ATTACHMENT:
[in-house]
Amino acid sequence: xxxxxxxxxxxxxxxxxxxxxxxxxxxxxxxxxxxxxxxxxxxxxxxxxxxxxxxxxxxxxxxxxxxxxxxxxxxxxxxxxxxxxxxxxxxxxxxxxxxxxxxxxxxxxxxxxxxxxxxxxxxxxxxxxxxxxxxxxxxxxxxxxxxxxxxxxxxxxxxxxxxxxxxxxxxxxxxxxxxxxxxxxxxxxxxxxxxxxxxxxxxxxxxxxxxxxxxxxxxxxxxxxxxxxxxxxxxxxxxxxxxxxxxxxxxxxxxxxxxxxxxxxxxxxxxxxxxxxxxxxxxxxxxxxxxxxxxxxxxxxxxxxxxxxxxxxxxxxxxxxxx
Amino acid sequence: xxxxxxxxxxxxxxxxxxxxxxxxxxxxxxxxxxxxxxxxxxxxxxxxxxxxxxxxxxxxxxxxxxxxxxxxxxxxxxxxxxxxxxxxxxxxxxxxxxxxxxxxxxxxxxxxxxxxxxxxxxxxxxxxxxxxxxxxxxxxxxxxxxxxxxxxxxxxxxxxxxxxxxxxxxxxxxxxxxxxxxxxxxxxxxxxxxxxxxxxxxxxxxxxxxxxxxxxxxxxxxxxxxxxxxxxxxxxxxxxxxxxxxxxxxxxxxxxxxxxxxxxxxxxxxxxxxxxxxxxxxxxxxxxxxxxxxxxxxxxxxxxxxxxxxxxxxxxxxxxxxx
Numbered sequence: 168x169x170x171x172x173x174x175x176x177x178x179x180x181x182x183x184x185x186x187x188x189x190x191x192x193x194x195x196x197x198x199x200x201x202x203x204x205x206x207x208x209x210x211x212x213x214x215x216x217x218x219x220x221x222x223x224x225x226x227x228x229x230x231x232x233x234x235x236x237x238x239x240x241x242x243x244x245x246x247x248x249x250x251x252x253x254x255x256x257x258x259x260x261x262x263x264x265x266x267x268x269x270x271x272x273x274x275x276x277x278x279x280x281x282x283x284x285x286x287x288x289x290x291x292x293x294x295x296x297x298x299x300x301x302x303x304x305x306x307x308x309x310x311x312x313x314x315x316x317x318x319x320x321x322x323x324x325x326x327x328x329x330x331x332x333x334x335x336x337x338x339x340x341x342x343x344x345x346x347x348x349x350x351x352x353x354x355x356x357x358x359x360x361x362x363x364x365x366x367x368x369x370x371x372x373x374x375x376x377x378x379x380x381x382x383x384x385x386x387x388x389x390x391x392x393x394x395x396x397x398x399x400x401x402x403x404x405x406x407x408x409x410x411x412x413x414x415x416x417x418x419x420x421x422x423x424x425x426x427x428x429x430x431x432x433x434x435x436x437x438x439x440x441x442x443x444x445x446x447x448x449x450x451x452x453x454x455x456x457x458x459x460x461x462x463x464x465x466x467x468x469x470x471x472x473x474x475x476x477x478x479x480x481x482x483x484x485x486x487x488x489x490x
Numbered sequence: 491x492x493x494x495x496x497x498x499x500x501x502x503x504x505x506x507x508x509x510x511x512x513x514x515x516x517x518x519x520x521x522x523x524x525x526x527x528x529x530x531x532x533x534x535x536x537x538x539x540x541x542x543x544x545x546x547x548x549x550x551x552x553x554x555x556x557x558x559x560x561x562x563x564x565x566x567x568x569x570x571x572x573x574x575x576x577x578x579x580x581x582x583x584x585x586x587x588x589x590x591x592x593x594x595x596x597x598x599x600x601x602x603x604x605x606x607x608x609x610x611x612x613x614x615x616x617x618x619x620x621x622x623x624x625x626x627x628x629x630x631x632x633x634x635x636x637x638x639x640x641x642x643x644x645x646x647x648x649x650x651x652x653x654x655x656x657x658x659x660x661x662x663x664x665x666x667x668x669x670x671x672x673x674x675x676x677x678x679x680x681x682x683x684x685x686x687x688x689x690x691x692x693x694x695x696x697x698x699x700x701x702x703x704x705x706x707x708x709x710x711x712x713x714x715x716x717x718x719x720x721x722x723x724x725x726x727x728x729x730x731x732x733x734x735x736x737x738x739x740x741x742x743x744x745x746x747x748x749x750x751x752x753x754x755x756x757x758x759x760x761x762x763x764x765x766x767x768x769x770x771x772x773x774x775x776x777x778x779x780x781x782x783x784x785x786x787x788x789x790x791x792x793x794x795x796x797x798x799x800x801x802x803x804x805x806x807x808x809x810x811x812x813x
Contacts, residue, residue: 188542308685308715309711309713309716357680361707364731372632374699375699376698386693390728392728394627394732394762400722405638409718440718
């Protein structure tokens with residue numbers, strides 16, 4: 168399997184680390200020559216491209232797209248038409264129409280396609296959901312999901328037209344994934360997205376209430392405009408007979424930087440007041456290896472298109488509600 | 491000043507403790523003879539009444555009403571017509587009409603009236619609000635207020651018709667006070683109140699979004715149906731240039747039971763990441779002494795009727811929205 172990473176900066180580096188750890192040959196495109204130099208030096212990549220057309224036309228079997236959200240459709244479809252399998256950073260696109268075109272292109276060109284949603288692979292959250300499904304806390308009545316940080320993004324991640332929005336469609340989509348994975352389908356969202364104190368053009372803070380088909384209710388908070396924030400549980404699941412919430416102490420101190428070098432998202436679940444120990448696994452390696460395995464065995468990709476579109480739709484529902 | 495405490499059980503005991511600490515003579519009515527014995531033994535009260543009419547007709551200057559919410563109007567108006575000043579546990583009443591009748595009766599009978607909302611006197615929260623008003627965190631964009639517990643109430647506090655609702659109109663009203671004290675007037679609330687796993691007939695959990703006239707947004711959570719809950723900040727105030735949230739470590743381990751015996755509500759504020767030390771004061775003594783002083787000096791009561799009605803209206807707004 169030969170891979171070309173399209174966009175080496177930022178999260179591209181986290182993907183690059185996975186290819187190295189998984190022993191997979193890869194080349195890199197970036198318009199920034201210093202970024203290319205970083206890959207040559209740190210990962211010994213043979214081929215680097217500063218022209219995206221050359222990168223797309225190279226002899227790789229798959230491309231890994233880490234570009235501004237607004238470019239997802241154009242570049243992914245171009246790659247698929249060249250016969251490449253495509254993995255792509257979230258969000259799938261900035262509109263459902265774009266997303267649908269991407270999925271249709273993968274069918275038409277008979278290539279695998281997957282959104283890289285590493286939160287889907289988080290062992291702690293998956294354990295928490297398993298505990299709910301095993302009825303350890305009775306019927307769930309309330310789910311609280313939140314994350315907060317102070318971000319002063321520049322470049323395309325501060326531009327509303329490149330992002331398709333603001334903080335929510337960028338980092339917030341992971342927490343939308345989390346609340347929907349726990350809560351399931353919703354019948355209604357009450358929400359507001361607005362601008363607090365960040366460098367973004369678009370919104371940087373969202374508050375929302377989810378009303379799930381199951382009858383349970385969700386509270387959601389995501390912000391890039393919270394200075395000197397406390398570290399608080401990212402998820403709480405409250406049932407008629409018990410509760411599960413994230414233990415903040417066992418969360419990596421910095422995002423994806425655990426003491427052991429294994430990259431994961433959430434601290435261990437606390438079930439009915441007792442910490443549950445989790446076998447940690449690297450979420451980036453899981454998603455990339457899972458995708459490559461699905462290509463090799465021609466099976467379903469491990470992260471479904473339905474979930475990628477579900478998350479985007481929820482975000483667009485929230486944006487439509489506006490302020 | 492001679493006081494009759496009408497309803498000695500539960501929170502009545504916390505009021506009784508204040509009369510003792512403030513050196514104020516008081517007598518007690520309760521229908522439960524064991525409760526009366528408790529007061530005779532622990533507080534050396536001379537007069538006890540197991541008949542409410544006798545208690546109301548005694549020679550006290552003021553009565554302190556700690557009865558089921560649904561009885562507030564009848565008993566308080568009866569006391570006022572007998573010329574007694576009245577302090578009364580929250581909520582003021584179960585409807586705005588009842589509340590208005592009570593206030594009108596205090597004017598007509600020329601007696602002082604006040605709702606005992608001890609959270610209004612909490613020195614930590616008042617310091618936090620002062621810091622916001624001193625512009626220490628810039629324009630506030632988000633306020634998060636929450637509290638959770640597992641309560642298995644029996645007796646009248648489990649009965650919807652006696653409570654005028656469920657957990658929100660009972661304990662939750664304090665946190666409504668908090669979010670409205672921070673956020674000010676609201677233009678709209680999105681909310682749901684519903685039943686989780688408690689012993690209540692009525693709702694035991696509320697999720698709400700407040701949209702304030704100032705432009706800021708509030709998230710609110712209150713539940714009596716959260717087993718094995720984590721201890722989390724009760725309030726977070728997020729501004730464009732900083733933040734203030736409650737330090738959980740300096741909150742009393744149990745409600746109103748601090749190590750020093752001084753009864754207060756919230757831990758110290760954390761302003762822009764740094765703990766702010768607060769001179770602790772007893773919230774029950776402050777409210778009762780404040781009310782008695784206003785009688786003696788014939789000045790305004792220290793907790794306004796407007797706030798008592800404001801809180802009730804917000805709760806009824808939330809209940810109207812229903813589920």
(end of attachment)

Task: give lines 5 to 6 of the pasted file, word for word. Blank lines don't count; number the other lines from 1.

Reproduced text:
Numbered sequence: 491x492x493x494x495x496x497x498x499x500x501x502x503x504x505x506x507x508x509x510x511x512x513x514x515x516x517x518x519x520x521x522x523x524x525x526x527x528x529x530x531x532x533x534x535x536x537x538x539x540x541x542x543x544x545x546x547x548x549x550x551x552x553x554x555x556x557x558x559x560x561x562x563x564x565x566x567x568x569x570x571x572x573x574x575x576x577x578x579x580x581x582x583x584x585x586x587x588x589x590x591x592x593x594x595x596x597x598x599x600x601x602x603x604x605x606x607x608x609x610x611x612x613x614x615x616x617x618x619x620x621x622x623x624x625x626x627x628x629x630x631x632x633x634x635x636x637x638x639x640x641x642x643x644x645x646x647x648x649x650x651x652x653x654x655x656x657x658x659x660x661x662x663x664x665x666x667x668x669x670x671x672x673x674x675x676x677x678x679x680x681x682x683x684x685x686x687x688x689x690x691x692x693x694x695x696x697x698x699x700x701x702x703x704x705x706x707x708x709x710x711x712x713x714x715x716x717x718x719x720x721x722x723x724x725x726x727x728x729x730x731x732x733x734x735x736x737x738x739x740x741x742x743x744x745x746x747x748x749x750x751x752x753x754x755x756x757x758x759x760x761x762x763x764x765x766x767x768x769x770x771x772x773x774x775x776x777x778x779x780x781x782x783x784x785x786x787x788x789x790x791x792x793x794x795x796x797x798x799x800x801x802x803x804x805x806x807x808x809x810x811x812x813x
Contacts, residue, residue: 188542308685308715309711309713309716357680361707364731372632374699375699376698386693390728392728394627394732394762400722405638409718440718